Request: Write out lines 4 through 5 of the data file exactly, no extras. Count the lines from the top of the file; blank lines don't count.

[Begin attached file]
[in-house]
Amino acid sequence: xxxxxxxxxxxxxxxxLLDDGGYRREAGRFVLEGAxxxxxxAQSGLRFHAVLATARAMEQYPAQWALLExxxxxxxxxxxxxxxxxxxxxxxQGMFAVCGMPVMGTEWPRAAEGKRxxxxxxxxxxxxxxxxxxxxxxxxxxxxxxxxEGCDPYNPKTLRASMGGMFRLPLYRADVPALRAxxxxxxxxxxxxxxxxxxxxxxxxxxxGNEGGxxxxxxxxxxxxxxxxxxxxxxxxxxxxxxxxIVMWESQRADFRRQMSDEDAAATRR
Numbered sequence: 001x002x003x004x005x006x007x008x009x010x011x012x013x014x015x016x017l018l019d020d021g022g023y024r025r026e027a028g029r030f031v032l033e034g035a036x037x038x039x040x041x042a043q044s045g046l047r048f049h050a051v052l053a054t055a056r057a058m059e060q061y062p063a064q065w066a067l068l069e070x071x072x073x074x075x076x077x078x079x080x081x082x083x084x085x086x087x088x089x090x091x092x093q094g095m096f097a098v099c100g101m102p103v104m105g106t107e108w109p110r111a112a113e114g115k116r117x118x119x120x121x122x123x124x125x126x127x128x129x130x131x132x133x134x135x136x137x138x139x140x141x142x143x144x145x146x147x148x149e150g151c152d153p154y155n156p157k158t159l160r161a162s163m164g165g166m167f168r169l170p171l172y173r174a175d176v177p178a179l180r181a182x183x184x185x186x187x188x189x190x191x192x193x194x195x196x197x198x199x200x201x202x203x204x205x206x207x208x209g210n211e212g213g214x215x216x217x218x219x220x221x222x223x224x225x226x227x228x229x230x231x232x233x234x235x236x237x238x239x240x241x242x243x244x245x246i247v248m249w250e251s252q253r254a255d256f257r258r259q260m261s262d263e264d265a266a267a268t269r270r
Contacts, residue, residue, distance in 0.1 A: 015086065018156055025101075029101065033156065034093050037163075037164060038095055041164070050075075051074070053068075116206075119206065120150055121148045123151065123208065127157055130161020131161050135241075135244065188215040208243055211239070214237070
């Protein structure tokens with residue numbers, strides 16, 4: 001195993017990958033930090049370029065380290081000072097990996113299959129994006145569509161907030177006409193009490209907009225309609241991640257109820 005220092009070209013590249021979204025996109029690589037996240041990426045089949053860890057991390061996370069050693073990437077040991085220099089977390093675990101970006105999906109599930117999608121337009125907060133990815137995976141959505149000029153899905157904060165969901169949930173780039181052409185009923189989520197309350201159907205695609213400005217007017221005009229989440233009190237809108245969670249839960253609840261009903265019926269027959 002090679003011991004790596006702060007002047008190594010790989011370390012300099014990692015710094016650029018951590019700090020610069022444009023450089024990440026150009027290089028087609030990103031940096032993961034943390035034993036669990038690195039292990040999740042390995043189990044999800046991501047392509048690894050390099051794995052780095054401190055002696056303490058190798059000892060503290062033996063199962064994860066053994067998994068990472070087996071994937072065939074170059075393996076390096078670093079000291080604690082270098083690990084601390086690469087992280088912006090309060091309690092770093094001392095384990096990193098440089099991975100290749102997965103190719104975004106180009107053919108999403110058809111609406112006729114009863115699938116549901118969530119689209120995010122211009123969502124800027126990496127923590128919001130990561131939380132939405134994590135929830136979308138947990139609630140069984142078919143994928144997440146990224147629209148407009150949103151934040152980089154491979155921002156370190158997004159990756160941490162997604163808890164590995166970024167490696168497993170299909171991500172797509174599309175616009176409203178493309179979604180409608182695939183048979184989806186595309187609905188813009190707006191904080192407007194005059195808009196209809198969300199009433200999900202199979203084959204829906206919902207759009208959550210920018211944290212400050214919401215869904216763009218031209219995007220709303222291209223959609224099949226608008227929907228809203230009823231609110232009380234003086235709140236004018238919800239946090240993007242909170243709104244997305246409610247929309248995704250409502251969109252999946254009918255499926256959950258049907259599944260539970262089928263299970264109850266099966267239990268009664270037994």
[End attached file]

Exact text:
Contacts, residue, residue, distance in 0.1 A: 015086065018156055025101075029101065033156065034093050037163075037164060038095055041164070050075075051074070053068075116206075119206065120150055121148045123151065123208065127157055130161020131161050135241075135244065188215040208243055211239070214237070
């Protein structure tokens with residue numbers, strides 16, 4: 001195993017990958033930090049370029065380290081000072097990996113299959129994006145569509161907030177006409193009490209907009225309609241991640257109820 005220092009070209013590249021979204025996109029690589037996240041990426045089949053860890057991390061996370069050693073990437077040991085220099089977390093675990101970006105999906109599930117999608121337009125907060133990815137995976141959505149000029153899905157904060165969901169949930173780039181052409185009923189989520197309350201159907205695609213400005217007017221005009229989440233009190237809108245969670249839960253609840261009903265019926269027959 002090679003011991004790596006702060007002047008190594010790989011370390012300099014990692015710094016650029018951590019700090020610069022444009023450089024990440026150009027290089028087609030990103031940096032993961034943390035034993036669990038690195039292990040999740042390995043189990044999800046991501047392509048690894050390099051794995052780095054401190055002696056303490058190798059000892060503290062033996063199962064994860066053994067998994068990472070087996071994937072065939074170059075393996076390096078670093079000291080604690082270098083690990084601390086690469087992280088912006090309060091309690092770093094001392095384990096990193098440089099991975100290749102997965103190719104975004106180009107053919108999403110058809111609406112006729114009863115699938116549901118969530119689209120995010122211009123969502124800027126990496127923590128919001130990561131939380132939405134994590135929830136979308138947990139609630140069984142078919143994928144997440146990224147629209148407009150949103151934040152980089154491979155921002156370190158997004159990756160941490162997604163808890164590995166970024167490696168497993170299909171991500172797509174599309175616009176409203178493309179979604180409608182695939183048979184989806186595309187609905188813009190707006191904080192407007194005059195808009196209809198969300199009433200999900202199979203084959204829906206919902207759009208959550210920018211944290212400050214919401215869904216763009218031209219995007220709303222291209223959609224099949226608008227929907228809203230009823231609110232009380234003086235709140236004018238919800239946090240993007242909170243709104244997305246409610247929309248995704250409502251969109252999946254009918255499926256959950258049907259599944260539970262089928263299970264109850266099966267239990268009664270037994």